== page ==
Tracy - posted on 01/06/2013 ( 3 moms have responded )
I guess I'm not looking for knee-jerk pro-woman feminist answers but really thought out ones. There was a question of "DO YOU FEEL YOUR DEGREE WAS WASTED BY BECOMING A SAHM?" The challenges many of us face as moms trying to be in the workforce: time off or added daycare costs for colds, school breaks, etc...all the little things related to having children - women are the ones to mostly handle these situations even if they have a loving and involved partner. Or many of us become stay-at-home moms because of either family preferences or sometimes it's just simply financially beneficial to be home instead of working.
So, what I'm trying to ask is that all the familial responsibilities a woman faces can easily make her a less desirable employee over a man who has a wife to handle his family and therefore free him up to be a more dedicated employee (granted, traditional roles are shifting, but the majority of us still face traditional family roles). Is it a better investment for men to get a college degree to support a family than it is for a woman? I know there is often a lot to a degree that isn't financial, such as personal growth and social capital, but my question is mostly towards the financial investment because it's a substantial cost. Do we propagate a falsehood that, despite all the advances women have made, it's still not beneficial (financially) for a female to receive higher education? What about the case of single moms - are they able to actually provide better for themselves and children WITH a degree (presuming loan payback that many of us face) or without a degree? There is a lot of factors to take into account with this question and I know it's complicated.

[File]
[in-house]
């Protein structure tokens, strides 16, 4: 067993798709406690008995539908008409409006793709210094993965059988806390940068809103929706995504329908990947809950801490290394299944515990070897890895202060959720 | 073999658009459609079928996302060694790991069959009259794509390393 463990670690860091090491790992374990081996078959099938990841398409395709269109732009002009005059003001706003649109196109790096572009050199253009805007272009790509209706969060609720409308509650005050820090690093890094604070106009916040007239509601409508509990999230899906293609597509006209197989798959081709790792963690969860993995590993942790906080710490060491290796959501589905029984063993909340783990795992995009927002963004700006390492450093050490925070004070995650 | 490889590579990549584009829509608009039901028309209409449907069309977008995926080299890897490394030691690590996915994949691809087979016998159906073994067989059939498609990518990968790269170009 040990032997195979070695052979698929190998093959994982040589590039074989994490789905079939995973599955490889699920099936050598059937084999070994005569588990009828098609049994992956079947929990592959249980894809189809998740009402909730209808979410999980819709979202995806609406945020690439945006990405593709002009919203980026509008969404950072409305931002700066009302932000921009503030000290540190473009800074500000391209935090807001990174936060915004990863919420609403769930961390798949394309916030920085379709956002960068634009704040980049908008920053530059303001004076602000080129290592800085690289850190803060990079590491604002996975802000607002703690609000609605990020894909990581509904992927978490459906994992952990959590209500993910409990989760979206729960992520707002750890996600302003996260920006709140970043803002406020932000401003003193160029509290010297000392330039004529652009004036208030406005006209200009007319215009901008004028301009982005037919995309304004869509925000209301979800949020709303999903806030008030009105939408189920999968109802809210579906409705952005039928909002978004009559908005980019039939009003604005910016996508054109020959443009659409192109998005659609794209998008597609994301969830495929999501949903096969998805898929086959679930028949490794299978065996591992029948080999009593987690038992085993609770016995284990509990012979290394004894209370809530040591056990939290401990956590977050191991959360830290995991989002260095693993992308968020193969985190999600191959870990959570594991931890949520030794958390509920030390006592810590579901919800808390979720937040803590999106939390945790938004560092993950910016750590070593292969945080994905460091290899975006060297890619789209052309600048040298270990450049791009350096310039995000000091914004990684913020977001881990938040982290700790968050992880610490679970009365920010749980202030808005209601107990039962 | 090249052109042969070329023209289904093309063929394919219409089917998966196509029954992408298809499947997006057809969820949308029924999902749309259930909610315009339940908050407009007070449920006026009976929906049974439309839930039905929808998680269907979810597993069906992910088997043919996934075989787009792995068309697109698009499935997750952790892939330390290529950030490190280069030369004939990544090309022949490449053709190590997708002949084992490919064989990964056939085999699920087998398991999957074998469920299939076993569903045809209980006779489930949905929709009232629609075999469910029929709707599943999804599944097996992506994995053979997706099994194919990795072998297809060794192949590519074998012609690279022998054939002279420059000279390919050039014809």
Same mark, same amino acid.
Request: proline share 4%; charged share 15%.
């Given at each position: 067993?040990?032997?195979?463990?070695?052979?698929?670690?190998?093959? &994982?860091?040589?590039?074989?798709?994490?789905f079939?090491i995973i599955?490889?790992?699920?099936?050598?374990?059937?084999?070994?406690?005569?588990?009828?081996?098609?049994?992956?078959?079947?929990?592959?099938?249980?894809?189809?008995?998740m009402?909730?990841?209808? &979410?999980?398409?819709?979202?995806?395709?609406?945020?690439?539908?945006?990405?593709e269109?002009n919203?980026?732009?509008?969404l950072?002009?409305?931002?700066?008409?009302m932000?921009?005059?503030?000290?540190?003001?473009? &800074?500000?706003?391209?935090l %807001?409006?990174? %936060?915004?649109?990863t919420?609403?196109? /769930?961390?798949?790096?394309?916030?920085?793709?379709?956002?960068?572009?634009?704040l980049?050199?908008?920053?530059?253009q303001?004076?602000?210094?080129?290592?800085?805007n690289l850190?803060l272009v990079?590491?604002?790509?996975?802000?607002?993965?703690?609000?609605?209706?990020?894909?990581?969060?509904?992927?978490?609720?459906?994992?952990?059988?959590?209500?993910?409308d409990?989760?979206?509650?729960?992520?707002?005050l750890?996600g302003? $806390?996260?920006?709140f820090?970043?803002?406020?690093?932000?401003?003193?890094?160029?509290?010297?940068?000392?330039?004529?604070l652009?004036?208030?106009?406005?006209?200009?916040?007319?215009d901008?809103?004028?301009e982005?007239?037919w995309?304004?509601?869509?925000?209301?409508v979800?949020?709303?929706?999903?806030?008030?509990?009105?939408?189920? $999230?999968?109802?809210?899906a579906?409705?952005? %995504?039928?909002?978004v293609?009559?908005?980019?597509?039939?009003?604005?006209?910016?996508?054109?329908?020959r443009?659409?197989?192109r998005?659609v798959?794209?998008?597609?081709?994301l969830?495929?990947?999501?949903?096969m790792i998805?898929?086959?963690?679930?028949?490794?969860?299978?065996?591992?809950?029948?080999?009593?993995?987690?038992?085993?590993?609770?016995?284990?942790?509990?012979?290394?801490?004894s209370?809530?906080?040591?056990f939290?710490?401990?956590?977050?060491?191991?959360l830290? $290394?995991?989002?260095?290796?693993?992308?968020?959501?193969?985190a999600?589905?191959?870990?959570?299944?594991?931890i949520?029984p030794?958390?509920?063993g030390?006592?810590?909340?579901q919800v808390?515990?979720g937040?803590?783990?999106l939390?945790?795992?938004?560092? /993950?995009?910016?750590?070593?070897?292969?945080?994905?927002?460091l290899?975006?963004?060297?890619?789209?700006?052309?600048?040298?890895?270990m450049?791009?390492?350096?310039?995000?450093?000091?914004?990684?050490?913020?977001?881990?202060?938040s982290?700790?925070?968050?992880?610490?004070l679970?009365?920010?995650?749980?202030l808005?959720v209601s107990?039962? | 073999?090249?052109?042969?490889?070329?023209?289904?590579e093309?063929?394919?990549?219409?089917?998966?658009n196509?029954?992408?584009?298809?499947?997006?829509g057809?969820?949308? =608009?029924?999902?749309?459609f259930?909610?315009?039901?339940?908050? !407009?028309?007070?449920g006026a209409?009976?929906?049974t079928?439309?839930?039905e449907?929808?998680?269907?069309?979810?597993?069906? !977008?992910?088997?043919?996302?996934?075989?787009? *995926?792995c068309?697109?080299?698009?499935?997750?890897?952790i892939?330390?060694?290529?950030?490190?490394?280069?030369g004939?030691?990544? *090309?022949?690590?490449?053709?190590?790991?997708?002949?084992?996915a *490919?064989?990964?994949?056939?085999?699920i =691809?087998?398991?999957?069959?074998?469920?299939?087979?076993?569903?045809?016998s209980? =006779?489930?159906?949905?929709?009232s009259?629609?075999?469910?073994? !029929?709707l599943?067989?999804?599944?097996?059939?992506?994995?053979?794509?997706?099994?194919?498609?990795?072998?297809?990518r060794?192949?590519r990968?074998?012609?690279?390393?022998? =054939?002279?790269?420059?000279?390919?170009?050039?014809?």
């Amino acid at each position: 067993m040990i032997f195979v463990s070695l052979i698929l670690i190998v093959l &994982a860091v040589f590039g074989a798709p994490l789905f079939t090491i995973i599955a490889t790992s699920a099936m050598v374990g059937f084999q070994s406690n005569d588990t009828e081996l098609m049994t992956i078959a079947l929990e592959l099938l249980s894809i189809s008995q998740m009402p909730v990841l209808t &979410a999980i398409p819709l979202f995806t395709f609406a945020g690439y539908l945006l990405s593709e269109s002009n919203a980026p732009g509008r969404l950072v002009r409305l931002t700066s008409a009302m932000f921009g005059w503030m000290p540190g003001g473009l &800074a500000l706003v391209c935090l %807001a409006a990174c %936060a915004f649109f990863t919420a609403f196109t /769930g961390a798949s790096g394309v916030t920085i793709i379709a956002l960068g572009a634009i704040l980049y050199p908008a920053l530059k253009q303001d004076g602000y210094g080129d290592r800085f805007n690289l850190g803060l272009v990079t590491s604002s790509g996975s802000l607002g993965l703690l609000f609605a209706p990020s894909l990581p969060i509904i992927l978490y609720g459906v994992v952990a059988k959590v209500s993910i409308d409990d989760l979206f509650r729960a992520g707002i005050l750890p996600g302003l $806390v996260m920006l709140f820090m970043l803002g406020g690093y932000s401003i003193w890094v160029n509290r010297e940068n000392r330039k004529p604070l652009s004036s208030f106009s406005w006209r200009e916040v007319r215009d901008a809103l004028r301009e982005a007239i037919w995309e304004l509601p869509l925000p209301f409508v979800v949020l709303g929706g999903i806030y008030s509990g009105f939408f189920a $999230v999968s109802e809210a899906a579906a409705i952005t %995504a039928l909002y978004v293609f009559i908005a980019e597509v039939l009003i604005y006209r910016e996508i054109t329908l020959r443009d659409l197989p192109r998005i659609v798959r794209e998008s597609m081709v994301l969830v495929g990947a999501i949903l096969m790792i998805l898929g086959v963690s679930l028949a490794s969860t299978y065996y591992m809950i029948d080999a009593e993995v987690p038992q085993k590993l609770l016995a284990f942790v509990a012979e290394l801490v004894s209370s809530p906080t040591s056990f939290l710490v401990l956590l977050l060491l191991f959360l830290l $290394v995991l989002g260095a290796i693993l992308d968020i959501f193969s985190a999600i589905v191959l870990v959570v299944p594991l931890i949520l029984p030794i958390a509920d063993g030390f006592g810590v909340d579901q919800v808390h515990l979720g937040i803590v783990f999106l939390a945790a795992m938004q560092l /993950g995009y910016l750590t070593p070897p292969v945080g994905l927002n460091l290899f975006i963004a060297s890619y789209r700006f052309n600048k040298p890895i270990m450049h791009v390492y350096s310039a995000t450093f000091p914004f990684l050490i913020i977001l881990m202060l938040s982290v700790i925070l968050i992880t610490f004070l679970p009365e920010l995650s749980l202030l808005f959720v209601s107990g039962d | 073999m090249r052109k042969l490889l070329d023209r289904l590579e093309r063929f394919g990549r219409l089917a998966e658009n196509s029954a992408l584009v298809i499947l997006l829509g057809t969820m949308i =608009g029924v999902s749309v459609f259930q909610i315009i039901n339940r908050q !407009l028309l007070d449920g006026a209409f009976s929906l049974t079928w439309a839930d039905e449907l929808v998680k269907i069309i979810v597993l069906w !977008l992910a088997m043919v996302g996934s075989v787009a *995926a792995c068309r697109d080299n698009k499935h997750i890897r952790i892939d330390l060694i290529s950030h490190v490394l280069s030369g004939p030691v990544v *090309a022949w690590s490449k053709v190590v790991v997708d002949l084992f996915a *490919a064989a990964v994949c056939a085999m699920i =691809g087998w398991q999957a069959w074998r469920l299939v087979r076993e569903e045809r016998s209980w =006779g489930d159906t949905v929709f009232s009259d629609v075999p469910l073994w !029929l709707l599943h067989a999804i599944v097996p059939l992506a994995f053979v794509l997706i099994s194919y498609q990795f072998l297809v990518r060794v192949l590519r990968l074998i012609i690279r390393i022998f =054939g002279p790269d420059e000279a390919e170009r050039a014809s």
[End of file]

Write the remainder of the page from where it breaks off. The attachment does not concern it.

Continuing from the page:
(Much of my question comes from the fact that women make up the majority of student populations across the country yet they make up a proportionally smaller degree of the workforce - let alone higher paying jobs. Women are, by a vast majority, working in low wage jobs, part time jobs, or even leave the workforce altogether. Such a disparity between education and employment is the basis of my question)